"Along the way there have been some fun accolades. I’ve let Kamal (who now runs the organization) and Kurtis (my co-founder) get all the quotes and bylines, but whenever it comes to business-related matters, my name gets pushed forward. So in 2014 Men’s Fitness dubbed me as a game changer and it was cool seeing my name next to Pharrell and Stephen Colbert! Furthermore, because of our independent and unbiased approach, I was invited (and did) join Arnold Schwarzenegger’s advisory board," Orwell added. 

Having accomplished what so many other domain owners have dream of, we asked Orwell what advice he would give those who want implement his game plan. He came up with t his list:

  • Passion is a bit overrated, but definitely be interested in the market you’re in. All of the industries I’ve been in (a few of which I did not mention) were all because of self-interest.

  • Build up an email list. Social media is far far inferior in building up a direct connection with your users. An email list wallops in terms of engagement and revenue generation (for a quick comparison – each Twitter follower is worth 10 cents to us. Each Facebook fan is worth about
    $2. Each email subscriber? Roughly $15!)

  • Survey your users. We survey non-stop – when they sign up, when they buy, when we have an article that becomes really popular. It’s the best way to know what your own users want! 

  • And I want to note again. Domains are awesome, but they are a piece of the puzzle. They are not the entire puzzle!

  • Also – focus! There is a legitimate “cost” of switching mental state from one project to another. Just focus on one, bam done.

Having had so much success with Examine.com we wondered if Orwell was tempted to  tackle another big development project and had anything in the works you could tell us about? "Beyond the fact that I just said “focus,” I do have a few projects I’m cooking. The two main ones:

  1. I’m a big believer in networking and knowing the VIPs that use your services. Our first magazine mention was in Men’s Health UK – I noticed one of their editors was on our email list, reached out to him, and 4 months later we were in there. So what I created was an email data miner – you give us a bunch of emails, and we try to find out who they are – Facebook, Twitter, etc. You can check it out at www.AudienceOwl.com.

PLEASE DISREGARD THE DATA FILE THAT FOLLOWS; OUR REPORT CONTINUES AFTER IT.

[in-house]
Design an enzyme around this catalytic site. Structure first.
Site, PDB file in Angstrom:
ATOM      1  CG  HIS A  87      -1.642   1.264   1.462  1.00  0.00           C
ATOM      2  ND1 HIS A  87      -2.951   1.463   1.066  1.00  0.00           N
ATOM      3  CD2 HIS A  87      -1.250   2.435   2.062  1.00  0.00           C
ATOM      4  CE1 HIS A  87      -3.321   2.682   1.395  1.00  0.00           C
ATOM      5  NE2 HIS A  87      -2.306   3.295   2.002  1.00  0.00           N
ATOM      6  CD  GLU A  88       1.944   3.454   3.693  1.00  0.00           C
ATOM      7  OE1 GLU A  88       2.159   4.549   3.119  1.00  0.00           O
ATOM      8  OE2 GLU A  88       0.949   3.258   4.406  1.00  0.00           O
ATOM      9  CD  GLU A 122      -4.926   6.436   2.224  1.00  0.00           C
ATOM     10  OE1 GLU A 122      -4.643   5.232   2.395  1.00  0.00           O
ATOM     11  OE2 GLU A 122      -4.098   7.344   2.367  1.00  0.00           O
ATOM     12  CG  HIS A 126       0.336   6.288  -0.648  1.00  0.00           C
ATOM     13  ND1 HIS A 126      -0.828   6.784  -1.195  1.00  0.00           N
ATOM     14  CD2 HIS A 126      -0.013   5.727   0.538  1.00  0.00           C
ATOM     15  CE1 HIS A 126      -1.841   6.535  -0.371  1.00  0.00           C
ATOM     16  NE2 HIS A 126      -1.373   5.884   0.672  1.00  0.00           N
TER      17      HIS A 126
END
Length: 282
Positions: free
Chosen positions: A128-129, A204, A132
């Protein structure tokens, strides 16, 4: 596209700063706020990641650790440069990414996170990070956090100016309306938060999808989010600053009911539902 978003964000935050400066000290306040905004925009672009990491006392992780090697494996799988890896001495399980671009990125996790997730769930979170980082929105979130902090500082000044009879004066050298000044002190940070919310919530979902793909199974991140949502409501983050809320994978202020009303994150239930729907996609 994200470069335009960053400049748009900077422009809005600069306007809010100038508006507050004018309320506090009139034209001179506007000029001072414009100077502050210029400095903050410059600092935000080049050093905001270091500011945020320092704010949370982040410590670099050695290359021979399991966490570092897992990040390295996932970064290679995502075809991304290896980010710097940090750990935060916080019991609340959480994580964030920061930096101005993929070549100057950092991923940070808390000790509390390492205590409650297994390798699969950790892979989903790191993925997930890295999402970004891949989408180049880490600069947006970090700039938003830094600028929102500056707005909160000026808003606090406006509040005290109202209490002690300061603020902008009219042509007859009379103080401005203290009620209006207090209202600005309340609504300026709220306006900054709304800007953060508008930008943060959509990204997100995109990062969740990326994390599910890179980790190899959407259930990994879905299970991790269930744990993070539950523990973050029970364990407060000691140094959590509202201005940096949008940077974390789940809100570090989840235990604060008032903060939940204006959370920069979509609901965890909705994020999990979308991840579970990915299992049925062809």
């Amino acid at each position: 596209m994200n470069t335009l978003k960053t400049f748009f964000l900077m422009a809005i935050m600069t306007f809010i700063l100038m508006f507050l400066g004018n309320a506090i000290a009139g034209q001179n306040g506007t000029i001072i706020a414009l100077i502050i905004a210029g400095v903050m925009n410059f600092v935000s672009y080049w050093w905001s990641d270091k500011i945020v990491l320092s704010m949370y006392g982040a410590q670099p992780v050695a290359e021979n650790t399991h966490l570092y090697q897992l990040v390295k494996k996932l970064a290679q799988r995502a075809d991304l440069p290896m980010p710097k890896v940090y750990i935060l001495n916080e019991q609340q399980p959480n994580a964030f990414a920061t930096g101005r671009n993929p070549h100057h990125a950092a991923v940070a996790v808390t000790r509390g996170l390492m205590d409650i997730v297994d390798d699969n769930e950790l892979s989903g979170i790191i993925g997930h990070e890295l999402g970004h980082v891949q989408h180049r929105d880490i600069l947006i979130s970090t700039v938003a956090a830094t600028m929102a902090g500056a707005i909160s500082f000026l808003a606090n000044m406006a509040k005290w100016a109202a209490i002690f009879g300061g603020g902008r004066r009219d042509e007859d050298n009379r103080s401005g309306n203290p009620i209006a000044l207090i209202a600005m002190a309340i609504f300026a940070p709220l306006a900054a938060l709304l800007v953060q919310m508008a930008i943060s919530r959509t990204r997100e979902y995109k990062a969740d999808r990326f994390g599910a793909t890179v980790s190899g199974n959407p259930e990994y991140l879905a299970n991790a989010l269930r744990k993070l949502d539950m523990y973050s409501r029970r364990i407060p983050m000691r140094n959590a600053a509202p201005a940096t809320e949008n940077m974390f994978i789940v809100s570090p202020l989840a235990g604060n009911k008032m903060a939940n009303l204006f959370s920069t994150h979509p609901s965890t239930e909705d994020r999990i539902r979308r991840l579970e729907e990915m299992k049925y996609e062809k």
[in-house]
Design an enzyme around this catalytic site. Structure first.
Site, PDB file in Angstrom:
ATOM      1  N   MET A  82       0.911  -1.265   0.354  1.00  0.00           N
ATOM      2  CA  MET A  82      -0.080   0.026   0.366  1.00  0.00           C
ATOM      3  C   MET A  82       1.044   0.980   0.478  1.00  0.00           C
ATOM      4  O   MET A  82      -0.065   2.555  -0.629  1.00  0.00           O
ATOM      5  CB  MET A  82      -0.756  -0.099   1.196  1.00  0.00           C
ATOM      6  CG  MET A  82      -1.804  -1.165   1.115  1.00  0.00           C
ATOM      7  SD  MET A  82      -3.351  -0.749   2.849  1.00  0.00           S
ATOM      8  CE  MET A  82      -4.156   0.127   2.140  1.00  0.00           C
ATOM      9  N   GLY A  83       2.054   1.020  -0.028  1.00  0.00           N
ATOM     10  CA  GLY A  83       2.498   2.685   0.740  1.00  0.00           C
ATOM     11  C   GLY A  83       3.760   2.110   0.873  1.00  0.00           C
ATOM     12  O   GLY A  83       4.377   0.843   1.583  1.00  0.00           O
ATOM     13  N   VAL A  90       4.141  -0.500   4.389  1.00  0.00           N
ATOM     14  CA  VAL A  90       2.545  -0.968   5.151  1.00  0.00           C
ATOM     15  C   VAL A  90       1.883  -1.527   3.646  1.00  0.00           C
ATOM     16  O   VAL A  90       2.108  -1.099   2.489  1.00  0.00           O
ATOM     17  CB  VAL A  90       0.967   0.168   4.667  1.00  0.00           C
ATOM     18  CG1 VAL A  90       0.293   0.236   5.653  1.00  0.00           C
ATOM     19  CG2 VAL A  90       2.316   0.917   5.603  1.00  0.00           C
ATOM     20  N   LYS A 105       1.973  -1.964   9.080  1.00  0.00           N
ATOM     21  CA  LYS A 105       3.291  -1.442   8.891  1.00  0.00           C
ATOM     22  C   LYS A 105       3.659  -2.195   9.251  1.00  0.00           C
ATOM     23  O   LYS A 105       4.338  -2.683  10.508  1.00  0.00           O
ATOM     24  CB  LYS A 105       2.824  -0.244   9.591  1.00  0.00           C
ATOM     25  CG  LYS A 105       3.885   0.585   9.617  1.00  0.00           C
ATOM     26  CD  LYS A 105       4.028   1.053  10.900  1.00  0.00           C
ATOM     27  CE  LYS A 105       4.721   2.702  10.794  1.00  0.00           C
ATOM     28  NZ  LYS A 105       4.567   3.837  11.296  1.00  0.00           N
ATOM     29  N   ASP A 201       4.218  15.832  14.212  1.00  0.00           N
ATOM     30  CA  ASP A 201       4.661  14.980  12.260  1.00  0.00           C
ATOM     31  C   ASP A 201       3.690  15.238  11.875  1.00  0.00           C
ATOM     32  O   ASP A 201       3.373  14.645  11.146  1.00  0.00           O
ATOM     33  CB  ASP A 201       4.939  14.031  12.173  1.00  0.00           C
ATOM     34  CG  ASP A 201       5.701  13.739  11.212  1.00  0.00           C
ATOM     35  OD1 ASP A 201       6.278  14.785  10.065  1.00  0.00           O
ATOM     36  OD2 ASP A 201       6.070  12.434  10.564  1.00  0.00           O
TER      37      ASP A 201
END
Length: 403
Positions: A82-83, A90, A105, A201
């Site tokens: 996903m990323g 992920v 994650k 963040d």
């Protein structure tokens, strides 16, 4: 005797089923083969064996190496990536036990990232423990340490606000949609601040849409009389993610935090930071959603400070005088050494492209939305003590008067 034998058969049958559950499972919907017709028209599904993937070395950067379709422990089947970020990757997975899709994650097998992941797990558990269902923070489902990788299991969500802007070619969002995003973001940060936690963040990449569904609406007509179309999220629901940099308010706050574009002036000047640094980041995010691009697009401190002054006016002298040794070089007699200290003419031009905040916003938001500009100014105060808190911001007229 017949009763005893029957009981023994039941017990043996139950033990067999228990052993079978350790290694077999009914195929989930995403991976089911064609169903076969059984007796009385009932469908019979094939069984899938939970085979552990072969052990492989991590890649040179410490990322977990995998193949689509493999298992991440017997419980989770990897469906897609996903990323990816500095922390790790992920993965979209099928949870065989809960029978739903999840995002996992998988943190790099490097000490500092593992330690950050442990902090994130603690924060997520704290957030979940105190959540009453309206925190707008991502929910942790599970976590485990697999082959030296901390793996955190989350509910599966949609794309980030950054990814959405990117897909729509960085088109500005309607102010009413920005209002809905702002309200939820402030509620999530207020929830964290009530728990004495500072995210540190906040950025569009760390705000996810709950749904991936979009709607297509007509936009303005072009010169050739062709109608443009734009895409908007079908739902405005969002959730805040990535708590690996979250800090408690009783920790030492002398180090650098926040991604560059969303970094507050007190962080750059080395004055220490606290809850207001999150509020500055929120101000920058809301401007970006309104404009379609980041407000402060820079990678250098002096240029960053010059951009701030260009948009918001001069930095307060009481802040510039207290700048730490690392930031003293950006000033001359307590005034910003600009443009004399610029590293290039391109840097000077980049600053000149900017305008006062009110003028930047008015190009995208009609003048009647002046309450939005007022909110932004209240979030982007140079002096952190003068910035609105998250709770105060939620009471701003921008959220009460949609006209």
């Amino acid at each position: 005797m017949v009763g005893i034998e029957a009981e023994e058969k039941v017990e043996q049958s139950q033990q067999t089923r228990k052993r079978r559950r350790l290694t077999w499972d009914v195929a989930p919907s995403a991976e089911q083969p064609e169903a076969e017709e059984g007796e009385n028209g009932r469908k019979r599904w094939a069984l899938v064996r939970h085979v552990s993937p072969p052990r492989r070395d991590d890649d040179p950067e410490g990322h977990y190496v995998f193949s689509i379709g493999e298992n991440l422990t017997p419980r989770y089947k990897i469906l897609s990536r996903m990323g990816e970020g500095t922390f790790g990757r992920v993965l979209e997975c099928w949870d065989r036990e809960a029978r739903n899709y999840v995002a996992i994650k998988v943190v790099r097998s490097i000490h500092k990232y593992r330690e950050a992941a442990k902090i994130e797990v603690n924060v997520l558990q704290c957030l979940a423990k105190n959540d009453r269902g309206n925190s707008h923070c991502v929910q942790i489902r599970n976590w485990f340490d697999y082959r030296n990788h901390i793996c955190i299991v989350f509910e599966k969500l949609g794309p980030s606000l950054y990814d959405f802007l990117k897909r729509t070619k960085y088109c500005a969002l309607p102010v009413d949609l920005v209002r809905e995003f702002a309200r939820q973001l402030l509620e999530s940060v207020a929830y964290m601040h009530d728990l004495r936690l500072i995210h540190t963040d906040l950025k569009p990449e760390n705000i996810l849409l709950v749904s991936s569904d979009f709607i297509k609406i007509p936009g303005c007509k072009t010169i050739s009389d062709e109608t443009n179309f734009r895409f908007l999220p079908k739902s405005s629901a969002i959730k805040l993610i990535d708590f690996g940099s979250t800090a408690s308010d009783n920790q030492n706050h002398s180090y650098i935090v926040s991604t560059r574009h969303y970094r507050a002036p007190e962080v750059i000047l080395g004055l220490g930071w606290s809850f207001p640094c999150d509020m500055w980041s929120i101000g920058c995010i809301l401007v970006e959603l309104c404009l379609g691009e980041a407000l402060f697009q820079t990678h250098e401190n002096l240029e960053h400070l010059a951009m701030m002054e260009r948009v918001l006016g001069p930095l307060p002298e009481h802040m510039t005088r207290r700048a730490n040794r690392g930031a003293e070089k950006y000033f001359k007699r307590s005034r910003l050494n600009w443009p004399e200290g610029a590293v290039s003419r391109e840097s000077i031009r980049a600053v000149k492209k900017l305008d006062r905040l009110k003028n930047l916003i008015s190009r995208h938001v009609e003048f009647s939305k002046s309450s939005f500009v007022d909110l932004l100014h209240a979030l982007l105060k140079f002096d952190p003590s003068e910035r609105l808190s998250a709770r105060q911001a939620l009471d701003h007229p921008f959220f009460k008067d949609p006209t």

Sol Orwell speaking at the 2007 Domain Roundtable Conference in Seattle.

  1. Being a digital nomad and being an entrepreneur are “hot” these days. It drives me crazy how many of these people teaching others how to make money online have no experience - other than teaching others how to make money online. Not to mention all the link bait headlines with little substance. So I will be blogging one or two in-depth posts a month to www.SJO.com covering how I’m managed my balance of lifestyle and entrepreneurship.

Orwell is firing on all cylinders now but there is still a little part of him that misses his earlier domaining days, "I gotta admit – domaining was a bit of a rush. Acquiring a domain and then reselling," Orwell allowed. At the same time, I was never good at it – my best results were (back in the old days) buying a decent domain, throwing in some content, and flipping it. For example, I bought BusinessLoan.org for $150, got it to #5 on Google for “business loan” and flipped it for $10,000."

In closing Orwell showed why he was so popular with the domain investor crowd a decade ago - 

using the opportunity to acknowledge other people. "I just want to thank Elliot Silver, Adam Strong, and Nat Cohen for being domainers who have always been super helpful to me at all times. And of course you - it’s gratifying to know I’ve been reading your work for 10+ years and now here I am!," Orwell smiled.